Tips on how to avoid taking job you’ll hate
By Jackie Farwell
AP Business Writer
Have you ever toiled to land a dream job, then dreamed of leaving after your first week? Many of us have regretted accepting a new job, but if your second thoughts persist for more than six months, it may not pay to stay.
Sticking it out with a job you hate could cause your performance and attitude to suffer, damaging your reputation and future job prospects, according to John Challenger of employment consultants Challenger, Gray & Christmas.
Some of the most common reasons Challenger cites for regrets over a new position are that the job differs from what the jobseeker expected, or the new employee doesn’t get along with co-workers or perform well.
To avoid winding up in the wrong job, Challenger offered the following tips:
Before starting your job search, identify “must have” and “like to have” characteristics of the position you hope to land. Once you receive an offer, evaluate how many of each would likely be fulfilled. Don’t compromise on “must haves.”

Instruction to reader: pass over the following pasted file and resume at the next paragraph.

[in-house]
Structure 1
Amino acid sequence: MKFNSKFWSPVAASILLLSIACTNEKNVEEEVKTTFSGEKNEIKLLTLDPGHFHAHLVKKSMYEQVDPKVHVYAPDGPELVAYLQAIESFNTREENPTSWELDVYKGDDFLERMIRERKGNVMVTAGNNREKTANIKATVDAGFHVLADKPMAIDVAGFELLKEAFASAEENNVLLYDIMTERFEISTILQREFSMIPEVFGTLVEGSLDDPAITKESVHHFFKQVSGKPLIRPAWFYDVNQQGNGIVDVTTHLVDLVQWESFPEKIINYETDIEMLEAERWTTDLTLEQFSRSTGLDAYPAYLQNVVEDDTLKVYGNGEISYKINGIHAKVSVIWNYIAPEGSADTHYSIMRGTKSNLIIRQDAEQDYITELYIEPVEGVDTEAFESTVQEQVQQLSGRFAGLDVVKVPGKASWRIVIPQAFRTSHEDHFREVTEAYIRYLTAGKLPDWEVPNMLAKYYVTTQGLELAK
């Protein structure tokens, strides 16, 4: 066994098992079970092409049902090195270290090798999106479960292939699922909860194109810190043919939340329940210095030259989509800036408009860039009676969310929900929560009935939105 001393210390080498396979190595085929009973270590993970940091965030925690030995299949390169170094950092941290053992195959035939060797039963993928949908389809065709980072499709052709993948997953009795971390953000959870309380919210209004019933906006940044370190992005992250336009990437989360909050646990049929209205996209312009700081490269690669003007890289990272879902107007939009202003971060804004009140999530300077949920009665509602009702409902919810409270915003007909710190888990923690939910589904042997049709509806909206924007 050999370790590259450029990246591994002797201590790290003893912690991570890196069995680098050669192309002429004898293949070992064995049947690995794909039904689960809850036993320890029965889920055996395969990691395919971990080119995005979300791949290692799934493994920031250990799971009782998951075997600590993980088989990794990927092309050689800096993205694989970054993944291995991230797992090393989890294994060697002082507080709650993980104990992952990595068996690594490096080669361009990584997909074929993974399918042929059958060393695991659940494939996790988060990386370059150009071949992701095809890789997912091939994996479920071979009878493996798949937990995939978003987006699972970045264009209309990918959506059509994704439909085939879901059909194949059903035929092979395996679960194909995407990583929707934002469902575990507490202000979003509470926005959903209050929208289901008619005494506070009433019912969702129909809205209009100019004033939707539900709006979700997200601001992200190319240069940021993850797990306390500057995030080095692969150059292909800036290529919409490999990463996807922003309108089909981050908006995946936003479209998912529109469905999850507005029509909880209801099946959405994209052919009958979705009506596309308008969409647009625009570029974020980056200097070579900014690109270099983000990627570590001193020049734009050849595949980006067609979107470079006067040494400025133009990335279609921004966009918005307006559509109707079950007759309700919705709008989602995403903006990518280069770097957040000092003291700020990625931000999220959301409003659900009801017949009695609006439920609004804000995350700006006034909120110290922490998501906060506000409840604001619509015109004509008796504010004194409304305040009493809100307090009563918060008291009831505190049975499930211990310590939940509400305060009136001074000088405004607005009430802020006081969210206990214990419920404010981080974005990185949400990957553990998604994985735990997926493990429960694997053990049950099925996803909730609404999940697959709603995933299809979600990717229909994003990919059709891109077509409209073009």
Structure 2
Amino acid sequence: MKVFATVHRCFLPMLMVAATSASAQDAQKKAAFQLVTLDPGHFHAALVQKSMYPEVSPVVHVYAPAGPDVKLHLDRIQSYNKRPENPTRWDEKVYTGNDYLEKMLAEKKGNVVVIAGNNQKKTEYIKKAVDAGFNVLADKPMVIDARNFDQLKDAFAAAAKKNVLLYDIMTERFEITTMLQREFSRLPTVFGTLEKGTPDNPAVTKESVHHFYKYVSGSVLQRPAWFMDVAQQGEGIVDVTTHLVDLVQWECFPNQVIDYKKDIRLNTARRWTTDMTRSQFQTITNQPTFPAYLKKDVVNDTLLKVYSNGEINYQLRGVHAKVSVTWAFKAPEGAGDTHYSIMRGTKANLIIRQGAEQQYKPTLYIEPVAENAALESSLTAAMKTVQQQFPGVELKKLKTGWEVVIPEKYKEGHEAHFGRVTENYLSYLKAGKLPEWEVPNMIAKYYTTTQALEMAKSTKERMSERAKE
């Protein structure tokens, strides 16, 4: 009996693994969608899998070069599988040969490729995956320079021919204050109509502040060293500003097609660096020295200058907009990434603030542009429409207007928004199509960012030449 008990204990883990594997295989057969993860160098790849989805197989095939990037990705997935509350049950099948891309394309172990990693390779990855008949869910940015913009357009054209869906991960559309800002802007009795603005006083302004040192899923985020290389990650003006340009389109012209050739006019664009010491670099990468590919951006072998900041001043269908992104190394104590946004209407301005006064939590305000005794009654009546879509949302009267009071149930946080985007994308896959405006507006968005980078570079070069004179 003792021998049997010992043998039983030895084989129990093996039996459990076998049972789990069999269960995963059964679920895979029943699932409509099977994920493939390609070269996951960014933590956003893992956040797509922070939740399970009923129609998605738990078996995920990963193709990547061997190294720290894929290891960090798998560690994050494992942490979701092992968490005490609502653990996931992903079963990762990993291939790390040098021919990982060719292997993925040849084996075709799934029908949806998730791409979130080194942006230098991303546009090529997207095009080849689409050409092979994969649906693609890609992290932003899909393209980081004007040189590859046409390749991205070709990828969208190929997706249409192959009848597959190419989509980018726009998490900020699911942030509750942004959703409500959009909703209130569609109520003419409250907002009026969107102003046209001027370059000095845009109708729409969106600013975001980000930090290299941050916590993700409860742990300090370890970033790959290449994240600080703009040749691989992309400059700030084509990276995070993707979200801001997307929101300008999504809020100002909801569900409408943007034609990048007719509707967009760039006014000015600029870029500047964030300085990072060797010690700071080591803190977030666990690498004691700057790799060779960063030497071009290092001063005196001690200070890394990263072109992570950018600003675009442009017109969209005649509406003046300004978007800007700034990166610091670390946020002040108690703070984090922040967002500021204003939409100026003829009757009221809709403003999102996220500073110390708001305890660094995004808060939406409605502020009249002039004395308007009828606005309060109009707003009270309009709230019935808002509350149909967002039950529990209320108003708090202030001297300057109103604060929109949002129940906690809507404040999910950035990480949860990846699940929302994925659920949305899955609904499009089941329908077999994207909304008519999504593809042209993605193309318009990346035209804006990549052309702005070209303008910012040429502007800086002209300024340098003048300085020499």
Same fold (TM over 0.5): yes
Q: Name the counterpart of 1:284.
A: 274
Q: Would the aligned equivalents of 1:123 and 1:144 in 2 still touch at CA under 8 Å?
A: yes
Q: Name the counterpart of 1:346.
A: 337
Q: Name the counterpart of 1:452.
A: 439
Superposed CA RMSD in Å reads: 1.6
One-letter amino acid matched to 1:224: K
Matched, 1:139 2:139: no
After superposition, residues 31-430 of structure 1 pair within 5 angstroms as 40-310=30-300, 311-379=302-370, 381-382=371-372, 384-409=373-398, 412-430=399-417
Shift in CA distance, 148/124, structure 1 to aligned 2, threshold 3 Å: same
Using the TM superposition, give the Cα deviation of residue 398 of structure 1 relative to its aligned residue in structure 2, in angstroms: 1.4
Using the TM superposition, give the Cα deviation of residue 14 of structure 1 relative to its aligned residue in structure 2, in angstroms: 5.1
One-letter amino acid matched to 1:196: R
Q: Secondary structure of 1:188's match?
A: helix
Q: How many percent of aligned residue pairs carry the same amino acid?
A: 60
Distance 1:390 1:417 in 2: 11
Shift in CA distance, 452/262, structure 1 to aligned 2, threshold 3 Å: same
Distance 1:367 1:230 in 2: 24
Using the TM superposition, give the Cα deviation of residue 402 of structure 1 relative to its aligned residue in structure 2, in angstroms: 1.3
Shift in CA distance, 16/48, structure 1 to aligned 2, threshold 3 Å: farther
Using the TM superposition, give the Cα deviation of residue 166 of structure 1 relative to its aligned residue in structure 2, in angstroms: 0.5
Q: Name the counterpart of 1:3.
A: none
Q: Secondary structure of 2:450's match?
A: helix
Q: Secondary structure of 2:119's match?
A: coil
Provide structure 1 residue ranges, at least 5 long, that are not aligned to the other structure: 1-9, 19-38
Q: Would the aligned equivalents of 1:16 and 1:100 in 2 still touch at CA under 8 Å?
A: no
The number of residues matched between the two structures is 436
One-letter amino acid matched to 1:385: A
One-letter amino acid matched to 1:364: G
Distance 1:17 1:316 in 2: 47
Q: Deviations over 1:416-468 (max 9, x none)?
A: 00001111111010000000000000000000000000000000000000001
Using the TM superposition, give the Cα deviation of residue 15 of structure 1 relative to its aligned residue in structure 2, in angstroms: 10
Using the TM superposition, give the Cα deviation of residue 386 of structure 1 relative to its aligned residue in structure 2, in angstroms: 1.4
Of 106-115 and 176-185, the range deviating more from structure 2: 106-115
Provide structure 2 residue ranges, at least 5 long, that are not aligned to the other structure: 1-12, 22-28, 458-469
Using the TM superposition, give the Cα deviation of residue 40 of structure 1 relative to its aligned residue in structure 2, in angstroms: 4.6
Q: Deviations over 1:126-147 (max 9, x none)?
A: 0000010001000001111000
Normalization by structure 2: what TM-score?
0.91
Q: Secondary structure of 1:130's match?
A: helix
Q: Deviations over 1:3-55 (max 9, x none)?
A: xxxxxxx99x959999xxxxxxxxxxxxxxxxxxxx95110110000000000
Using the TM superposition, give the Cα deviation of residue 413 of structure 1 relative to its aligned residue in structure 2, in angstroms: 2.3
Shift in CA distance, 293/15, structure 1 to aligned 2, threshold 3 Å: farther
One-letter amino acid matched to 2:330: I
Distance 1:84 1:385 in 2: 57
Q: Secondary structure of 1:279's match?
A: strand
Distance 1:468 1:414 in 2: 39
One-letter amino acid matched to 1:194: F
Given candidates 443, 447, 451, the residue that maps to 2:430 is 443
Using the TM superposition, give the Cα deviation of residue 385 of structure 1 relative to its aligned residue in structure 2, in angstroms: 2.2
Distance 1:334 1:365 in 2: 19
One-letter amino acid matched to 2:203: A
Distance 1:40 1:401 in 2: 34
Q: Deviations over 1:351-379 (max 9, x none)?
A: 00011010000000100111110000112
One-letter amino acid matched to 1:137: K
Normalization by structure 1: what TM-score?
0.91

Avoid rushing to accept. Most companies will give job candidates time to consider a job offer.
Talk to friends and family about all aspects of the position and solicit their honest opinions. They know you better than the hiring manager who interviewed you.
Copyright 2005 Associated Press. All rights reserved. This material may not be published, broadcast, rewritten or redistributed.
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